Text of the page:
With U.S. equities declining in the wake of China’s currency devaluation, hedge fund manager David Einhorn may be one of the few stock pickers to get a direct boost from the yuan’s sudden decline.
Greenlight Capital Re Ltd., an insurer Einhorn controls, was positioned at the end of June to reap a $30.4 million gain, equaling 2.2 percent of its investment assets, if the dollar rose 10 percent against the yuan, according to company filings. Einhorn’s hedge funds have a similar short position against the yuan, said a person familiar with the matter who requested anonymity because the firm is private.
Hedge funds have generally refrained from wagering on China’s currency, in part because the trade is difficult and expensive, said Robert Savage, the chief executive officer of CCTrack Solutions, a New York-based provider of foreign exchange trading strategies. Even funds that hold Chinese stocks typically don’t hedge their currency risk, reasoning that any fluctuations in the yuan will be small and short-lived.
“In the hedge fund world, currency speculation is done by macro players, not by stock pickers,” said Savage, whose firm is backed by a unit of Citic Group Corp., China’s biggest conglomerate. “This is the oddity of Einhorn putting on a position like this. It makes him an anomaly.”
Einhorn, the president of New York-based Greenlight Capital, declined to comment on the Chinese short position, said Jonathan Gasthalter, a spokesman for the hedge fund firm at Sard Verbinnen & Co.
China’s move to devalue the yuan, in the face of declining overseas shipments and weaker-than estimated manufacturing, left the currency down 1.8 percent in Shanghai and about 2.8 percent in offshore trading Tuesday.
The Standard & Poor’s 500 Index fell 1 percent in New York. U.S. public companies could see their profits from China drop, Savage said, as most don’t enter into hedges that would protect their mainland revenues from currency fluctuations.
“This is much more a corporate America bottom line issue than it is a currency speculation issue,” Savage said. “The risk of not hedging versus the cost was small.”
Greenlight could reap a gain of as much as 0.6 percent from today’s decline in the yuan, based on the estimates the money manager’s insurance unit made in an Aug. 3 filing with the U.S. Securities and Exchange Commission. The gains would have to be balanced against any losses the Greenlight hedge funds suffered from the simultaneous U.S. stock market decline.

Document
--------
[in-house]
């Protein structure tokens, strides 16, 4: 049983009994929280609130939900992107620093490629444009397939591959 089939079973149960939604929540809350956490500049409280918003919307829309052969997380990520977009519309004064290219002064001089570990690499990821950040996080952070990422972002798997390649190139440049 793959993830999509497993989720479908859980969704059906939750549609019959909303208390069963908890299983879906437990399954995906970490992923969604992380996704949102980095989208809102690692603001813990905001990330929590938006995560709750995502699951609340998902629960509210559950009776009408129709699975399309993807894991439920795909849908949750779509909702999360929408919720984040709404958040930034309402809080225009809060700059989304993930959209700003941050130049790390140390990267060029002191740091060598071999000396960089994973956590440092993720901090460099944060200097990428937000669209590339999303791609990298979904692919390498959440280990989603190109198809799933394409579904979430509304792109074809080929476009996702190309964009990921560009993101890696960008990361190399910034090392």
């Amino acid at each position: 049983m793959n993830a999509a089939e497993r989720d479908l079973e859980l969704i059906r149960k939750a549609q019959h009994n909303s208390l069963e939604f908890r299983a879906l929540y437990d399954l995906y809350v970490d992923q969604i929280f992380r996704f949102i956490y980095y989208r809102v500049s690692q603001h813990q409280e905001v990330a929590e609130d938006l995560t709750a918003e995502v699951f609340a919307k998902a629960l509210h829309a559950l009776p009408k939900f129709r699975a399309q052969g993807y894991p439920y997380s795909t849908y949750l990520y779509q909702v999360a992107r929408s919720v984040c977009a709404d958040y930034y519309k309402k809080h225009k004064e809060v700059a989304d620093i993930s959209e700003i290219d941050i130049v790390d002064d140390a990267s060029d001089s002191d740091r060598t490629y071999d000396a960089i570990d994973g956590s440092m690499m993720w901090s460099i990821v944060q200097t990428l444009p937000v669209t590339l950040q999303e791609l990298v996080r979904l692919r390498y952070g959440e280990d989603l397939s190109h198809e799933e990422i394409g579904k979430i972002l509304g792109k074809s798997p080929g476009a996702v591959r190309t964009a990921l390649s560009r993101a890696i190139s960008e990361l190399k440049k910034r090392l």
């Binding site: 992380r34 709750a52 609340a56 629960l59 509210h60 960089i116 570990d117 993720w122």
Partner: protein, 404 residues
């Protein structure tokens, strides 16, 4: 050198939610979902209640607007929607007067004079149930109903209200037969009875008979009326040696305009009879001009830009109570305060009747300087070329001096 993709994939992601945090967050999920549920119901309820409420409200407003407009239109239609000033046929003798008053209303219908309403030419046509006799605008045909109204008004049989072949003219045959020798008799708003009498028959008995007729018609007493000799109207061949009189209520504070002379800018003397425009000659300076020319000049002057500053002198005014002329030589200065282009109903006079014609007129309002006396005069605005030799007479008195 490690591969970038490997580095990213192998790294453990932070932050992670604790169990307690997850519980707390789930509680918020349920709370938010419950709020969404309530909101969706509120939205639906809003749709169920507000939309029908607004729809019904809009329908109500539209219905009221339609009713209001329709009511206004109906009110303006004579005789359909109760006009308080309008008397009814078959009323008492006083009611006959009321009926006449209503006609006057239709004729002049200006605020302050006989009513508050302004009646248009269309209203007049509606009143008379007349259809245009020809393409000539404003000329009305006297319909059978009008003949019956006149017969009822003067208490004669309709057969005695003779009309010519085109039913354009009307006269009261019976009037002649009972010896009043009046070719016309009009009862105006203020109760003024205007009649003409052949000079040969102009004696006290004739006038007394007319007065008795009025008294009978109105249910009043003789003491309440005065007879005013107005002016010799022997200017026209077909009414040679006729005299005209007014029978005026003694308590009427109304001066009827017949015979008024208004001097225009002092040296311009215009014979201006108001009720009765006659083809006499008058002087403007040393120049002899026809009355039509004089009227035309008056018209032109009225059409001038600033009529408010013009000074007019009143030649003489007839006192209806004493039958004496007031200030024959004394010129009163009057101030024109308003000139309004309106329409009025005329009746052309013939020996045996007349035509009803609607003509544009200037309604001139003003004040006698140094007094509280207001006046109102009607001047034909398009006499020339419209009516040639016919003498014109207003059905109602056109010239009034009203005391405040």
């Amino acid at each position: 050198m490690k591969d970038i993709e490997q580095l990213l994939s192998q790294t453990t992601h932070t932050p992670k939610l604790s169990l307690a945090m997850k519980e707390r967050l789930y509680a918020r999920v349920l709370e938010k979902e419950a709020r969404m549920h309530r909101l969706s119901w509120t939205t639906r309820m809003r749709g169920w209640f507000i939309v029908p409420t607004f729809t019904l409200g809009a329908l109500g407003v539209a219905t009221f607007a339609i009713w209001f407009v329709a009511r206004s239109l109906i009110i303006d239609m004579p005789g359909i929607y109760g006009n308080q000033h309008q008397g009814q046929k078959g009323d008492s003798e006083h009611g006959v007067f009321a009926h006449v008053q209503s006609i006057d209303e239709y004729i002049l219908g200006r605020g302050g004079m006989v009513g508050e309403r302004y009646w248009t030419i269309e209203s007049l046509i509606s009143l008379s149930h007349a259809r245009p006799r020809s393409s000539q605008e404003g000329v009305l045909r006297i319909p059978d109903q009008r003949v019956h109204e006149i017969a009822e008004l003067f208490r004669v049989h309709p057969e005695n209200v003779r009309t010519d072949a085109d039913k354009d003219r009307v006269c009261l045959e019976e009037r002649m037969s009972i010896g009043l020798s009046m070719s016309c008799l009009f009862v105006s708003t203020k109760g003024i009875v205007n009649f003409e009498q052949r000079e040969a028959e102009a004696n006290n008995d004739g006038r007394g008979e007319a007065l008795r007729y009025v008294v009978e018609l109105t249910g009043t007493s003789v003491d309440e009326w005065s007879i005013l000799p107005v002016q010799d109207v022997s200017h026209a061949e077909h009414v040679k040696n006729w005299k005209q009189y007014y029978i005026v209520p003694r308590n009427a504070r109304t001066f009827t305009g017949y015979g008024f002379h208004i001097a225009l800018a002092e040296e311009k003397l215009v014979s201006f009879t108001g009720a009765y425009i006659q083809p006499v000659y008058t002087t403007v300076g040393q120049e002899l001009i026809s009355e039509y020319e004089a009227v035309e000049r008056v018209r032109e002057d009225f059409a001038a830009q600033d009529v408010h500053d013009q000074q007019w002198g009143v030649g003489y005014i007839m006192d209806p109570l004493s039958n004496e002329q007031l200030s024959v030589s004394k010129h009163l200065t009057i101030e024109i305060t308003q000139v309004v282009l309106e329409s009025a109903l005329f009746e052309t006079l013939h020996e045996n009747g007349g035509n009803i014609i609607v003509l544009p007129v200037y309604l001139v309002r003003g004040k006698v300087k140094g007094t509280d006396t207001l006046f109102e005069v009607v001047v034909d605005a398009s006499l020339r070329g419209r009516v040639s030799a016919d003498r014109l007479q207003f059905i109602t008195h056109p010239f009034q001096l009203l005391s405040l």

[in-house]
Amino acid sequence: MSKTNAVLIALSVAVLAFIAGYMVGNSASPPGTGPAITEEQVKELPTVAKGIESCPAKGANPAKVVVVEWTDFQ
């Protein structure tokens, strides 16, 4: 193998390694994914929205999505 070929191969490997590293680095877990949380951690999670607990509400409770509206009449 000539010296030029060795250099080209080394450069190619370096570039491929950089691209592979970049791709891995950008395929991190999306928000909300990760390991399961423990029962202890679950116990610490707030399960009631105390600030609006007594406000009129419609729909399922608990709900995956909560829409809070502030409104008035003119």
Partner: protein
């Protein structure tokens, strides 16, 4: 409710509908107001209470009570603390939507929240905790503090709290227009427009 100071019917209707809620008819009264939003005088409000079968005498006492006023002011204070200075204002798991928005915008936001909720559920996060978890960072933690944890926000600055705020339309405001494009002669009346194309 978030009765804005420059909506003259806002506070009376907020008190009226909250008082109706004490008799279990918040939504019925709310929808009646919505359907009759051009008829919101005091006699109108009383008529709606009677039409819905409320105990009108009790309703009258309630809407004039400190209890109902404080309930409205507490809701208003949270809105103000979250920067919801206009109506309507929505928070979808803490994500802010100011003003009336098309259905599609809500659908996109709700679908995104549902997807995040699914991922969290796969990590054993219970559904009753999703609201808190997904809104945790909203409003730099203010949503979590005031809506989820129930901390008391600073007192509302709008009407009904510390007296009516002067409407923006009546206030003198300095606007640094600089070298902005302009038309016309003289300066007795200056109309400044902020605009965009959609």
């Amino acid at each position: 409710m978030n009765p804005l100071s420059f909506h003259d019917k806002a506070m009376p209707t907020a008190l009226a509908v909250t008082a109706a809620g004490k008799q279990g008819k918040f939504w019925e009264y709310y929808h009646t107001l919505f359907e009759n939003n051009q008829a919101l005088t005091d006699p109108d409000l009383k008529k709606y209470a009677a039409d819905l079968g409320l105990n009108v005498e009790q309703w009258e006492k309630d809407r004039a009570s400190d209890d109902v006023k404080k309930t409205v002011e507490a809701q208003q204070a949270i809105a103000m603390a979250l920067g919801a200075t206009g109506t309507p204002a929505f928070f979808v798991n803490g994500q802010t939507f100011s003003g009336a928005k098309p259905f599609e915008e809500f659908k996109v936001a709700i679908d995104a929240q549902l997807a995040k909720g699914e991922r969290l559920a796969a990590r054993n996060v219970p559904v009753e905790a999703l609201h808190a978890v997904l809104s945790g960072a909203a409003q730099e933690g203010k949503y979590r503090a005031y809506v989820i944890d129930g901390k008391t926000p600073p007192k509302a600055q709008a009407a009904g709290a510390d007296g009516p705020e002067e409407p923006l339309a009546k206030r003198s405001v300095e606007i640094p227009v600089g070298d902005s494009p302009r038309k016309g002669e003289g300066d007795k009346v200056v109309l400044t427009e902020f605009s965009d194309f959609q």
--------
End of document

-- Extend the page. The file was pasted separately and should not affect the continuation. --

Einhorn’s hedge funds primarily invest in stocks the fund manager deems undervalued while wagering against those he deems overpriced. In addition to running hedge funds, an affiliate of his money management firm invests the assets of Greenlight Re, even marketing the Cayman Islands-based insurer as a way for individuals to access Einhorn’s hedge fund strategy.
Several of Greenlight’s largest stock holdings sold off today, including Apple Inc., which fell 5.2 percent. SunEdison Inc., where Greenlight ranks as the largest outside shareholder with a 7.9 percent stake as of March 31, dropped 14 percent.
The reinsurer reported earlier this month that its investment portfolio declined 5.9 percent in July, marking the fund manager’s worst monthly performance since 2008. The decline stemmed in part from Einhorn’s macro bet on gold bullion, which fell 6.5 percent last month to $1,095.80 an ounce.
Einhorn has said little about the Chinese currency position in letters sent to his hedge fund investors or on conference calls for the publicly traded Greenlight Re. He mentioned the Chinese currency during a Feb. 18 conference call for the insurer, noting that its bet against the yuan, as well as the wager on gold bullion, were an expression of the firm’s macroeconomic outlook.
“We continue to maintain a macro overlay with positions in gold, short Japanese yen, and Chinese renminbi, and short French sovereign debt,” Einhorn said, according to a transcript of the call.